CASTER Semenya. I Noushad Thekkayil EPA
Caster Semenya’s fight-back against the International Association of Athletics Federations’ (IAAF) controversial female eligibility rules has started in earnest, with the filing an appeal to the Federal Supreme Court of Switzerland.

The South African track sensation will be challenging the Court of Arbitration for Sport (CAS) ruling in favour of the IAAF earlier this month.

“I am a woman, and I am a world-class athlete. The IAAF will not drug me or stop me from being who I am,” Semenya said. Her appeal to the Swiss Federal Supreme Court challenging the IAAF rules, on human rights grounds, will be led by Dr Dorothee Schramm of Sidley Austin LLP in Geneva.

“The IAAF regulations violate the most fundamental principles of Swiss public policy. In the race for justice, human rights must win,” Schramm said. The rules require Semenya and other athletes with differences of sexual development (DSD) to lower testosterone concentration to five nanomoles per litre of blood, to compete in the 400m to one-mile (1.6km) events on an international level.

But Semenya has refused to take testosterone-lowering medication, confident the ruling will be overturned. Law professor Steve Cornelius, who assisted Athletics SA in its legal challenge to the regulations, said he expected the national athletics body to file their appeal over the next few days.

In its ruling, the CAS found that, while discriminatory, DSD regulations were “a necessary, reasonable and proportionate means of achieving the IAAF’s aim of preserving the integrity of female athletics in restricted events.”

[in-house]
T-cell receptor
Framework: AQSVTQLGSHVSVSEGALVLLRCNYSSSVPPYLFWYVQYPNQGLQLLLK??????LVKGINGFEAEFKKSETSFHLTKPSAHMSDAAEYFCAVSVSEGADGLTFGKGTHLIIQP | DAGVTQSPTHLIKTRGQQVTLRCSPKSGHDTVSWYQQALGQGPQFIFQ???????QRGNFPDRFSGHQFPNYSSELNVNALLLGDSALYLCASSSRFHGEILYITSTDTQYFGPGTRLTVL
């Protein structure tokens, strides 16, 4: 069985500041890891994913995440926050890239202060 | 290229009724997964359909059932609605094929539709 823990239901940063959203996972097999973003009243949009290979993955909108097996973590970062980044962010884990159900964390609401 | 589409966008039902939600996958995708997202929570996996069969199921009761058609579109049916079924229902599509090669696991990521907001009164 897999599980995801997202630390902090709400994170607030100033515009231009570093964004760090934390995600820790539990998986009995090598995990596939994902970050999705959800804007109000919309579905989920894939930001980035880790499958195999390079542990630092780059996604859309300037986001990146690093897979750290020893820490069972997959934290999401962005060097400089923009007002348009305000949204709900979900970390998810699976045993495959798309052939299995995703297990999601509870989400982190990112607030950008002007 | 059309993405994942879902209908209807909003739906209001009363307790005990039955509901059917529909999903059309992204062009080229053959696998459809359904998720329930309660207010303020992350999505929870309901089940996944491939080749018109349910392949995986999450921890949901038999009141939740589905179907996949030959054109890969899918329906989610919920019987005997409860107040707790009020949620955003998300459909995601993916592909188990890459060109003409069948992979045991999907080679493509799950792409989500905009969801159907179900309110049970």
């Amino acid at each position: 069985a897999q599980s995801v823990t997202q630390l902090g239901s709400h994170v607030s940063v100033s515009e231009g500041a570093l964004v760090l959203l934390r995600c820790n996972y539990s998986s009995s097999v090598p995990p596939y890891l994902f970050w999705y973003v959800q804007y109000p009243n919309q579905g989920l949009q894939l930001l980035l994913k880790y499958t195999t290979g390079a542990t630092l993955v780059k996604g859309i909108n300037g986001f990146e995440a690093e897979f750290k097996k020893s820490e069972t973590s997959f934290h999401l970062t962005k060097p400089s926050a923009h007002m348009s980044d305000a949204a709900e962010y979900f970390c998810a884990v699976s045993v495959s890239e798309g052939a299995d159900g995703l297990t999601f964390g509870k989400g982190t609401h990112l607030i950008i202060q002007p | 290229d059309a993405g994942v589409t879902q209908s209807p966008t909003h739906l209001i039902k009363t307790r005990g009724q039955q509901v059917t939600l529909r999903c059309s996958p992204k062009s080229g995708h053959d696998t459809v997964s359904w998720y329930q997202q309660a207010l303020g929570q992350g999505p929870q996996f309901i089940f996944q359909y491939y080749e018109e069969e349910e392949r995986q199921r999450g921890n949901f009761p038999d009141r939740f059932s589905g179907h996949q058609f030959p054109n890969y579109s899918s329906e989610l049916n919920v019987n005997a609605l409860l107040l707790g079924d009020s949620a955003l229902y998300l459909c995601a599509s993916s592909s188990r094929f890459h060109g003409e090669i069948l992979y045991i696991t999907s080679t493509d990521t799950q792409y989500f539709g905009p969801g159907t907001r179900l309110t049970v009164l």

“I think Caster will be looking to convince the Swiss court that the ruling was incompatible with public policy, which would be similar to something being in violation of the Constitution,” Cornelius said.

“That is why they would take the human rights angle, because Switzerland has ratified the European Convention on Human Rights.”

Semenya’s South African lawyer Gregory Nott of Norton Rose Fulbright said: The IAAF has called on doctors to ‘clarify’ the gender identities of female athletes and justified medical interventions on female athletes as ‘gender-affirming’.”

“Such views are based not in modern science or medicine. Instead, they reflect an outdated and deeply flawed socio-cultural stereotype of what it means to be a woman.”

CAPE TIMES